[From Mona's Isle, 1844]



ACROSS the brow of Snaafield’s rugged height
Slowly the mighty king of day retires,
On western regions to transmit his light,
And paint the morning on Columbian spires.

The Vesper twinkles through the twilight haze,
The full-orb’d moon emerges from the east,
The tired heifer from the furrow strays,
Now from the pressure of the yoke releas’d.—

The plover seeks the hospitable bush,
The soaring lark darts downward to its nest,
The mountain-daisy hides its simple blush,
And droops its head upon its dewy breast.—

The playful lambs, the kind maternal ewes,
Behind the hillock to the fold retire,
And leave me here in solitude to muse,
And strike with solemn tone my rustic lyre.

Beneath these heath-clad time-respected mounds,
The sacred dust of Mona’s ancient race
Securely lies within the narrow bounds,
Till time dissolves in never-ending space.

Their obscure annals the recording page
Unravels not,—nor does tradition say
What did their mental properties engage
During their earthly transitory stay:

Tho’ here, perhaps, some warlike Manxmen lie,
Who ‘ye dipp’d their sandals in Norwegian gore,
Ere they would with proud Goddard’s* yoke comply,
When he invaded peaceful Mona’s shore:

A Manx Lycurgus may have hidden here
A life devoted to his Island’s cause—
Or rests some ancient Prince, to Mona dear,
Who erst, at Tinwal Court, upheld her laws.

But awful silence o’er their gloomy cell
Outspreads its dark impenetrable pall,
In dread oblivion evermore to dwell,
Which is in truth the common lot of all:

For sculptured tombs of adamantine rock,
And polish’d marble monumental urns,
Shall crumble ‘neath the unresisted shock
When Fate Time’s mighty empire overturns!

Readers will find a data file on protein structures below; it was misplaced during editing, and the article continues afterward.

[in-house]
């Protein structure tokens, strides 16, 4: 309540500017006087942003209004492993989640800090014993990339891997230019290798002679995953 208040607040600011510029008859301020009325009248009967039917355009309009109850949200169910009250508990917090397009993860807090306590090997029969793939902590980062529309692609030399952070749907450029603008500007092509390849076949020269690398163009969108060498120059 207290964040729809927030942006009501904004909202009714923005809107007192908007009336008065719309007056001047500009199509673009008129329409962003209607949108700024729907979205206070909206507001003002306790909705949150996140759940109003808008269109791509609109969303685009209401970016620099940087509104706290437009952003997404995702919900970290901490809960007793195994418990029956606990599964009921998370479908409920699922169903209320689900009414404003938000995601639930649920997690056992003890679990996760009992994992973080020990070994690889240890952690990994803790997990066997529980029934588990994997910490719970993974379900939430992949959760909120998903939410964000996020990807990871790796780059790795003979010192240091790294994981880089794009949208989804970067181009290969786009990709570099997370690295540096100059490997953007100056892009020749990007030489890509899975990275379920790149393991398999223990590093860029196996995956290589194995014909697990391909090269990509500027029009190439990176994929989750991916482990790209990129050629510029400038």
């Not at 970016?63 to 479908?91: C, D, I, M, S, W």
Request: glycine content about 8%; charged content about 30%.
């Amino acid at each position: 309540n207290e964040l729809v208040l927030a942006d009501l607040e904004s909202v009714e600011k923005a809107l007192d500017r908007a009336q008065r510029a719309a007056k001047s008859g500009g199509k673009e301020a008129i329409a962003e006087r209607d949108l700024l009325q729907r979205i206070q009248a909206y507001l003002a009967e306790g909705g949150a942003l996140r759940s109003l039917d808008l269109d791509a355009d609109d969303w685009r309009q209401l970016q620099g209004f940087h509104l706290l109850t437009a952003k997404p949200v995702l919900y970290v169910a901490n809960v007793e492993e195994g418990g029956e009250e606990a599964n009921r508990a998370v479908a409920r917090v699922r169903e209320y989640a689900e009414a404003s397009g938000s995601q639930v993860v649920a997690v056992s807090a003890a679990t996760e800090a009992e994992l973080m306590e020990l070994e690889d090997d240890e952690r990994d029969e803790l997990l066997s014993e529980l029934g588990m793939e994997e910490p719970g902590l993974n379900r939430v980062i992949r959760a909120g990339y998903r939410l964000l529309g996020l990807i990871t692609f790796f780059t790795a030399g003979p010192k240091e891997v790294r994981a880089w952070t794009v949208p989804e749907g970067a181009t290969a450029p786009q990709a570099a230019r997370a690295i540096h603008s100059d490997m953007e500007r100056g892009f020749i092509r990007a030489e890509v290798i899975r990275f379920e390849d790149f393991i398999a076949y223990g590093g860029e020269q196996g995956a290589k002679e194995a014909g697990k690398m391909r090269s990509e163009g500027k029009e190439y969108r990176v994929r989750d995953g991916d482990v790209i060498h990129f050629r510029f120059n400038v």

Altho’ the process may appear but slow,
Compared with mortals’ momentary flight
Through this terrestial mystery below,—
Like yon bright meteor darting thro’ the night,—

Yet, the short record of a thousand years
Will but appear as yesterday that’s past,
When the seraphic messenger appears
And with his trump proclaims the final blast!

Then sleep in peace, my honour’d, ancient race,
Your earthly cares are now for ever fled,—
Leaving behind no mark for man to trace
Your faults, or virtues, to your lowly bed:

And tho’ no sculpture decorates your tomb,
Nature shall dress, at each returning spring,
Your lonely mansion with the heather-bloom,
While mountain larks around your shrine shall

And when no more the rays of summer smile,
But winter-storms from the bleak north emerge,
And wrap in gloomy vest your native Isle-—
The osier reeds shall sigh your fun’ral dirge.

* This Prince, the son of Harold the Black of Iceland, being defeated in the Norwegian army at Stamford, by Harold, son of Earl Goodwin, AD. 1065, fled for protection to the Isle of Man, where he was kindly entertained by the people. After he had made himself acquainted with the localities of the Island he returned to his native land, and raised a great fleet to invade the Island. He was repulsed twice, but carried it on the third attempt by stratagem.—Sacheverell’s Account of the Isle of Man, 1702.


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HTML Transcription © F.Coakley , 2000